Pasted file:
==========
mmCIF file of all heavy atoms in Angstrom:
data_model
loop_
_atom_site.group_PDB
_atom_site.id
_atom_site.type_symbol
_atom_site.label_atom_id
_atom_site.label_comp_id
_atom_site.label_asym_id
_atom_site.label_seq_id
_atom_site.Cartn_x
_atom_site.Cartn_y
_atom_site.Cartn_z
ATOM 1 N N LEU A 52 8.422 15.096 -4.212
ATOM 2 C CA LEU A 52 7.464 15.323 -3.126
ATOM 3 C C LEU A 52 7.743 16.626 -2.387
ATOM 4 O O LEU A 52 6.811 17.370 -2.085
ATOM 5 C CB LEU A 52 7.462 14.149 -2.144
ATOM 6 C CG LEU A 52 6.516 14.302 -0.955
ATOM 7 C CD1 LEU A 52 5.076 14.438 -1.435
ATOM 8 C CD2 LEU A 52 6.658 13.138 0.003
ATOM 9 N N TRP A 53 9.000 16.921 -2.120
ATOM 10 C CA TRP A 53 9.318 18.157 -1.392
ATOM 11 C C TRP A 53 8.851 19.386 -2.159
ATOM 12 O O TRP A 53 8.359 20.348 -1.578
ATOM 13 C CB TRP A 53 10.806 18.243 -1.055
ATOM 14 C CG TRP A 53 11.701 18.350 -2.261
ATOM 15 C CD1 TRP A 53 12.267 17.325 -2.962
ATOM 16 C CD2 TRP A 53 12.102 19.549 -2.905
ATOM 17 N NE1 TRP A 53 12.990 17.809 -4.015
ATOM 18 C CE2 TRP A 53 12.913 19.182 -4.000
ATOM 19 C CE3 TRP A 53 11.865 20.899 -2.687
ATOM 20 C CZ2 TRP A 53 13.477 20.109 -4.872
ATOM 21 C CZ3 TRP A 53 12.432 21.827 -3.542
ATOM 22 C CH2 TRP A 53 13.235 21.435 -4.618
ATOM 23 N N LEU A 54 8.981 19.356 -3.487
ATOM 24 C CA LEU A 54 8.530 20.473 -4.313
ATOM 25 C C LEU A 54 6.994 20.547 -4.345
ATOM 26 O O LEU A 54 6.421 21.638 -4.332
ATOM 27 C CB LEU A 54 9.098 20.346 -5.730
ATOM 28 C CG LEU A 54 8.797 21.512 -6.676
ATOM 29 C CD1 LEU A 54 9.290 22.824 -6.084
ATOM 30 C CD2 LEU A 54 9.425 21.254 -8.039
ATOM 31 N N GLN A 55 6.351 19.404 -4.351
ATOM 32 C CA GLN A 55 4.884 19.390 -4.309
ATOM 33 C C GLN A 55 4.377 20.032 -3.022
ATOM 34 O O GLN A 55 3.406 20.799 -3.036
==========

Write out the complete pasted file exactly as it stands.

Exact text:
mmCIF file of all heavy atoms in Angstrom:
data_model
loop_
_atom_site.group_PDB
_atom_site.id
_atom_site.type_symbol
_atom_site.label_atom_id
_atom_site.label_comp_id
_atom_site.label_asym_id
_atom_site.label_seq_id
_atom_site.Cartn_x
_atom_site.Cartn_y
_atom_site.Cartn_z
ATOM 1 N N LEU A 52 8.422 15.096 -4.212
ATOM 2 C CA LEU A 52 7.464 15.323 -3.126
ATOM 3 C C LEU A 52 7.743 16.626 -2.387
ATOM 4 O O LEU A 52 6.811 17.370 -2.085
ATOM 5 C CB LEU A 52 7.462 14.149 -2.144
ATOM 6 C CG LEU A 52 6.516 14.302 -0.955
ATOM 7 C CD1 LEU A 52 5.076 14.438 -1.435
ATOM 8 C CD2 LEU A 52 6.658 13.138 0.003
ATOM 9 N N TRP A 53 9.000 16.921 -2.120
ATOM 10 C CA TRP A 53 9.318 18.157 -1.392
ATOM 11 C C TRP A 53 8.851 19.386 -2.159
ATOM 12 O O TRP A 53 8.359 20.348 -1.578
ATOM 13 C CB TRP A 53 10.806 18.243 -1.055
ATOM 14 C CG TRP A 53 11.701 18.350 -2.261
ATOM 15 C CD1 TRP A 53 12.267 17.325 -2.962
ATOM 16 C CD2 TRP A 53 12.102 19.549 -2.905
ATOM 17 N NE1 TRP A 53 12.990 17.809 -4.015
ATOM 18 C CE2 TRP A 53 12.913 19.182 -4.000
ATOM 19 C CE3 TRP A 53 11.865 20.899 -2.687
ATOM 20 C CZ2 TRP A 53 13.477 20.109 -4.872
ATOM 21 C CZ3 TRP A 53 12.432 21.827 -3.542
ATOM 22 C CH2 TRP A 53 13.235 21.435 -4.618
ATOM 23 N N LEU A 54 8.981 19.356 -3.487
ATOM 24 C CA LEU A 54 8.530 20.473 -4.313
ATOM 25 C C LEU A 54 6.994 20.547 -4.345
ATOM 26 O O LEU A 54 6.421 21.638 -4.332
ATOM 27 C CB LEU A 54 9.098 20.346 -5.730
ATOM 28 C CG LEU A 54 8.797 21.512 -6.676
ATOM 29 C CD1 LEU A 54 9.290 22.824 -6.084
ATOM 30 C CD2 LEU A 54 9.425 21.254 -8.039
ATOM 31 N N GLN A 55 6.351 19.404 -4.351
ATOM 32 C CA GLN A 55 4.884 19.390 -4.309
ATOM 33 C C GLN A 55 4.377 20.032 -3.022
ATOM 34 O O GLN A 55 3.406 20.799 -3.036